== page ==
Reposted from The Archives at Worship Matters: A great blog with “Resources for Leading Worship from Bob Kauflin”
In Defining Worship Part 2, Bob Kauflin suggested two definitions for worship. In part 3, he unpacks the first.
“Christian worship is the response of God’s redeemed people to His self-revelation that exalts God’s glory in Christ in our minds, affections, and wills, in the power of the Holy Spirit.”
Christian worship…is different from every kind of worship because it has been made possible through Jesus Christ. (Rev. 5:9-10)
Is the response…God has already done something outside of us and inside of us that enables us to worship Him. We are not the initiators of worship; God is. (Acts 17:24-31)
Of God’s redeemed people…Just as God delivered the nation of Israel from Egypt to worship Him (Ex. 8:1), so He has redeemed us as a holy nation to declare His praises. (1 Pet. 2:9) Worship of God is intended to be corporate, not simply personal.
To his self-revelation…we can’t know God apart from Him revealing Himself to us. He has shown Himself to us in creation, His Word, and ultimately His Son. (Rom. 1:20; Heb. 1:1-4)
That exalts…the essence of worship is exalting – raising up, lifting high, submitting to, magnifying, making much of, honoring, reverencing, celebrating – the triune God. (Ps. 71:19)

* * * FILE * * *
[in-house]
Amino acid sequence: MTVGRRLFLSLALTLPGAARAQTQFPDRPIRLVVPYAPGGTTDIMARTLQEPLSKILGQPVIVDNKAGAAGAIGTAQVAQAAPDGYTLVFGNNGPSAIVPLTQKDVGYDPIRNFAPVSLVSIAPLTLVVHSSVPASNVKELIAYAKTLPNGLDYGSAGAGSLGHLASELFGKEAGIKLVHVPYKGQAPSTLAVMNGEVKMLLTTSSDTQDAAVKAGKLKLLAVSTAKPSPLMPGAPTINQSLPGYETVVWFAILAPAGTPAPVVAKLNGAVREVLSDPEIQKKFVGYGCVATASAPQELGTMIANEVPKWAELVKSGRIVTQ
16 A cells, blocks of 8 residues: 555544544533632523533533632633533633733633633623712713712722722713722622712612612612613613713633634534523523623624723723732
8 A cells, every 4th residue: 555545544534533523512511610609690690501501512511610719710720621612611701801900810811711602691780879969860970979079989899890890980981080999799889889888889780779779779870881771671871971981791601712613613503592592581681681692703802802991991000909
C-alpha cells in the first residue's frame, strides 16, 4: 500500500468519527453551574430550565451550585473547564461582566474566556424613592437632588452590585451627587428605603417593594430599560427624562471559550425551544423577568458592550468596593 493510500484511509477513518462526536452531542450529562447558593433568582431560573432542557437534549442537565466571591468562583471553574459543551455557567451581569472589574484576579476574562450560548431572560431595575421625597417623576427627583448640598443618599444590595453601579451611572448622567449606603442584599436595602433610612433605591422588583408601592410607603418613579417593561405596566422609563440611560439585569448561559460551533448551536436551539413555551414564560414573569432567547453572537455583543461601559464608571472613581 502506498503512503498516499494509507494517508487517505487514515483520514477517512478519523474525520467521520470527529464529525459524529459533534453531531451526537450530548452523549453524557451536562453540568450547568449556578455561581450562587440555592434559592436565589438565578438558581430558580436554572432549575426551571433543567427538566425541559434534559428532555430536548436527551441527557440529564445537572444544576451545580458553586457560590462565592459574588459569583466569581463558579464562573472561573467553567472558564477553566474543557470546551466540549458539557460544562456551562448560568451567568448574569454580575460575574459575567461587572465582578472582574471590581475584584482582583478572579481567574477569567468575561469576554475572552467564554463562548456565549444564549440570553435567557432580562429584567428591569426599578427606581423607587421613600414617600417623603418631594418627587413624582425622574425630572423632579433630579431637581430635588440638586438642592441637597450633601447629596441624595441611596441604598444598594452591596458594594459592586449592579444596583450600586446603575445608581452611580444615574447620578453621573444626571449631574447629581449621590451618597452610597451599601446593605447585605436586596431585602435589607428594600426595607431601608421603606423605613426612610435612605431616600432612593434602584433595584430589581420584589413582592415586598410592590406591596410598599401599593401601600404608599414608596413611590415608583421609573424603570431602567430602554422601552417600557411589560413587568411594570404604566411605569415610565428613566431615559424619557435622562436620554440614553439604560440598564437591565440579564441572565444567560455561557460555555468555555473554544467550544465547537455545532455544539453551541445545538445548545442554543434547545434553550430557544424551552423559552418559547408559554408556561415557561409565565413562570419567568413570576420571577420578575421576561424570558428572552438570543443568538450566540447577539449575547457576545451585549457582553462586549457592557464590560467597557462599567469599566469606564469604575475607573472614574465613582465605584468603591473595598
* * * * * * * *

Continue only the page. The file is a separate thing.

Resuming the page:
God’s glory in Christ…Moses asked God to show him his glory and God passed before him and proclaimed his nature. (Ex. 34:6-7) God has enabled us to see His glory in the face of Christ. (2 Cor. 4:6)
In our minds…worship involves thinking, meditating, reflecting, processing, evaluating, understanding what God has revealed to us of Himself. (Rom. 12:1-2; Ps. 111:2)
Affections…true worship involves the heart as well as the head. We worship what we love and value the most. (Mt. 22:37-38)
And wills…If we are truly worshiping God, we will truly be transformed. (2 Cor. 3:17-18) Our choices will reflect our profession that God is supreme in our lives. (Rom. 12:1-2)
In the power of the Holy Spirit…We are those who worship by the Spirit of God, (Phil. 3:3) and depend on His leading and enabling.
All this to say that when we talk about worshiping God, we’re communicating something of profound significance that should humble and amaze us. Perhaps if we spoke of “worship” in a more biblical way, “worship wars” might be non-existent. Now wouldn’t that be something to worship God for?